Britain's Got Talent stars The Jive Aces spread anti-drugs message in Sunderland

The UK's leading jive and swing band are putting on a very special performance in Sunderland tomorrow.

Thursday, 5th April 2018, 2:38 pm
Updated Thursday, 5th April 2018, 2:46 pm
The Jive Aces will be in the Market Square, Sunderland, spreading the 'Say No To Drugs' message.

The Jive Aces, who are just back from a sell-out US tour, will be spreading some good cheer in the Market Square.

The band, who won BBC TV's Opportunity Knocks and reached the semi-finals of Britain's Got Talent in 2012, are promoting the 'Say No To Drugs' campaign.

The Jive Aces are known for their colourful yellow stagewear.

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The six-piece, who are all Scientologists, have supported the church's 'Say No To Drugs. Say Yes To Life' campaign for 20 years.

They have played all over the world to raise awareness of the dangers of drugs and solutions to the problems they cause.

In that time they have achieved huge success by selling out the Royal Albert Hall, performing for the Queen and working with the likes of Hollywood stars John Travolta and Van Morrison.

The Jive Aces comprise lead singer Ian Clarkson, double bass player Ken Smith, saxophonist John Fordham, trombonist Alex Douglas, pianist Vince Hurley and drummer Peter Howell.

The Jive Aces are known for their colourful yellow stagewear.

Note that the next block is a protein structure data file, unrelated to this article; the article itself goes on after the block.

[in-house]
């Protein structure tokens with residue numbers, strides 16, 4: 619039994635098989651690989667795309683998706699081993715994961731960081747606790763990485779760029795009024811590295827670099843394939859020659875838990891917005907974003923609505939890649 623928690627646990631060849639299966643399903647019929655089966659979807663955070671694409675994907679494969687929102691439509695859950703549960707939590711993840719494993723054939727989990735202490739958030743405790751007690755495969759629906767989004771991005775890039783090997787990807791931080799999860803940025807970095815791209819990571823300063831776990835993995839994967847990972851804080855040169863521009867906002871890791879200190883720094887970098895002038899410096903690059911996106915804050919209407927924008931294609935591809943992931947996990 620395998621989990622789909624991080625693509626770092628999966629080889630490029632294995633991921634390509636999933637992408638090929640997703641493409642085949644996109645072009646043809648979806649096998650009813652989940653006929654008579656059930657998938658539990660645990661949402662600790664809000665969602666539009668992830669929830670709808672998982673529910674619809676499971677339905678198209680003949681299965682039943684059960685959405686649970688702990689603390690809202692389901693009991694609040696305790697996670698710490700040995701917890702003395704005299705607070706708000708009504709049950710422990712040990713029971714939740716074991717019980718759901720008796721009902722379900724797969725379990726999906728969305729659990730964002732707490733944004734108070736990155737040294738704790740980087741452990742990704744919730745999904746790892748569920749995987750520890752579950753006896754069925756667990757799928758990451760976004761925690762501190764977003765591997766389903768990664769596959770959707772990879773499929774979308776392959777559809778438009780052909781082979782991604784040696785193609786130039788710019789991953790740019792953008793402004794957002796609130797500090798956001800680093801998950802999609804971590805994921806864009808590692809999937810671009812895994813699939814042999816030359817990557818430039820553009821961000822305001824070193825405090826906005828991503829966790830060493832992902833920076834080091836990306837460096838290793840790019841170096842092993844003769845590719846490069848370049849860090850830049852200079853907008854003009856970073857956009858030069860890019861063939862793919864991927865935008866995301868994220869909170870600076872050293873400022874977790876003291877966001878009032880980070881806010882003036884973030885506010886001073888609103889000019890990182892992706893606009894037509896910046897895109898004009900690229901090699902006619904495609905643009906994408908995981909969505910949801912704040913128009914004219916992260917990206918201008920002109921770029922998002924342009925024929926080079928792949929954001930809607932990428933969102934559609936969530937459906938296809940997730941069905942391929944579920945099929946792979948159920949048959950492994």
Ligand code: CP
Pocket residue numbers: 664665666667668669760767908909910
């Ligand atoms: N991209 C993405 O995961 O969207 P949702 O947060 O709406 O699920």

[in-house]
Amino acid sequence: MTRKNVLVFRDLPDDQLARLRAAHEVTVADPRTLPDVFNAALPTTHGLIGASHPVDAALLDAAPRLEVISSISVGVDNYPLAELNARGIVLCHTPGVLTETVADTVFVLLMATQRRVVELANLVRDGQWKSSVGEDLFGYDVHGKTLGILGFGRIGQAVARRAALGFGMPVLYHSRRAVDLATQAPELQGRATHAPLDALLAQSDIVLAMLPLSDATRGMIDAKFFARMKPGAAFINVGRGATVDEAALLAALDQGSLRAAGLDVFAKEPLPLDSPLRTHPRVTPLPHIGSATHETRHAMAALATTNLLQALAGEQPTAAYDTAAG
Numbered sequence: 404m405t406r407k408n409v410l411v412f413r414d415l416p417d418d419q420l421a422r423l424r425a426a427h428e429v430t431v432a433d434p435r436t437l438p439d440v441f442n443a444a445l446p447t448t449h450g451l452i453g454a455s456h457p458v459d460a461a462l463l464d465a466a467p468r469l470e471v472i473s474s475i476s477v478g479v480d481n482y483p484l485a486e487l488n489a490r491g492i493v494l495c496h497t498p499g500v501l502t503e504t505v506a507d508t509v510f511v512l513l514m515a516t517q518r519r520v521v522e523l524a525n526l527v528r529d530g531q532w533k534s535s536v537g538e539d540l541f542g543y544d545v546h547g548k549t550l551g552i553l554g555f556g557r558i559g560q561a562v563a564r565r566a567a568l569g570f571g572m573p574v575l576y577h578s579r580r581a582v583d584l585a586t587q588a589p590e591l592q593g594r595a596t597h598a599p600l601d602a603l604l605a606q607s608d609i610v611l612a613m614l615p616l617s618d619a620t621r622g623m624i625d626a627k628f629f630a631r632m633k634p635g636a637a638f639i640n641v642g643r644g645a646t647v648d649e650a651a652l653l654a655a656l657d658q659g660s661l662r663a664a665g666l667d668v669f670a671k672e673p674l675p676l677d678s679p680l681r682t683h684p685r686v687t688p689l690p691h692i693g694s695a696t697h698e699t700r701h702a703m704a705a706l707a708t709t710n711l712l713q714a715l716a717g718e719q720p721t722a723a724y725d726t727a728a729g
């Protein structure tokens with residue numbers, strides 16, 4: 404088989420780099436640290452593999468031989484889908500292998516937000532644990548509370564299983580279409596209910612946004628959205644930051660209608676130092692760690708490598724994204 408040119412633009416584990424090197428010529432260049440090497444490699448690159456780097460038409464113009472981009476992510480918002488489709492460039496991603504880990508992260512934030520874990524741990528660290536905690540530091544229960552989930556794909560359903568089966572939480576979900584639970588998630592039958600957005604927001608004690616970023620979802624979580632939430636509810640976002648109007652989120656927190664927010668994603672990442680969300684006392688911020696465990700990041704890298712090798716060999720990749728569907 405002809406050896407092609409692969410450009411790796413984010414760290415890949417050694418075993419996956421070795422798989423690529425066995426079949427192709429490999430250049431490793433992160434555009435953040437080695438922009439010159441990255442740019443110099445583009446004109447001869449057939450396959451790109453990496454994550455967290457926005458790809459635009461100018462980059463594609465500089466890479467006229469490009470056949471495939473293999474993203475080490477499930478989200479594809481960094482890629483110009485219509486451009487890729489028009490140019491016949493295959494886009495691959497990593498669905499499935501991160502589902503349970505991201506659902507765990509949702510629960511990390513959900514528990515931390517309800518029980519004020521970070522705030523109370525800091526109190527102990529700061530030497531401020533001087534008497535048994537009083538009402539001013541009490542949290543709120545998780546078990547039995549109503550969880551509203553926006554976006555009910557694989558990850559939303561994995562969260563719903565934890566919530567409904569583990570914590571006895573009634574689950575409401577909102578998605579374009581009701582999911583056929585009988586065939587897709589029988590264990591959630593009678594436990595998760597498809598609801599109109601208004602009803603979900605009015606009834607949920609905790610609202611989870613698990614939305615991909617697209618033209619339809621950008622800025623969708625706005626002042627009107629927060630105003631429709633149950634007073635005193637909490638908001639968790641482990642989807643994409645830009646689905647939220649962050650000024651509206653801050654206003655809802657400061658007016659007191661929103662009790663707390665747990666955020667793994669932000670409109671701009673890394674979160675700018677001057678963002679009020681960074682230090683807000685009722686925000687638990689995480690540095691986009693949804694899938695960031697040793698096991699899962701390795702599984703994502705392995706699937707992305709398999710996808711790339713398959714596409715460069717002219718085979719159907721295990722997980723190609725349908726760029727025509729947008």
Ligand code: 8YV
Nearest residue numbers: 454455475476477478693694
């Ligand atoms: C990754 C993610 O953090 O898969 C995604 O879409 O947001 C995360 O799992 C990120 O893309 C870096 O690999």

Known for their colourful yellow suits, they met as teenagers in East London, and have been together for 21 years.

They love to make feel-good music - and their cover of Bring Me Sunshine has been prescribed by a doctor in Seattle to cheer up patients suffering from depression.

Their video of the song, which was popularised by comedy duo Morecambe and Wise, is so upbeat it has received nearly 3 million hits on YouTube.

'Say No to Drugs, Say Yes To Life' is a youth drug education and drug prevention campaign sponsored by the Church of Scientology.

The programme educates children as young as six on the dangers of drugs, and encourages them to stay drug-free.

The Jive Aces' singer Ian Clarkson said: “People look up to musicians and see them taking drugs and think that they then have to use them to be a great artist.

"What they don’t realise is that without drugs they would be a lot happier, play a lot better and live a lot longer.

“When I was a teenager, I used to smoke grass and drink alcohol, but that led me to unhappiness. I gave it all up.

"I then realised it was imperative as a musician to take action against this social plague, so we have been supporting the campaign for over 20 years.

"Like most artists we want to change the world for the better through our art.”

The Jive Aces will be playing in Sunderland's Market Square between 1pm and 2pm tomorrow.

Their 11th studio album, Diggin' The Roots Hot Jazz, is set to be released on Friday, April 13.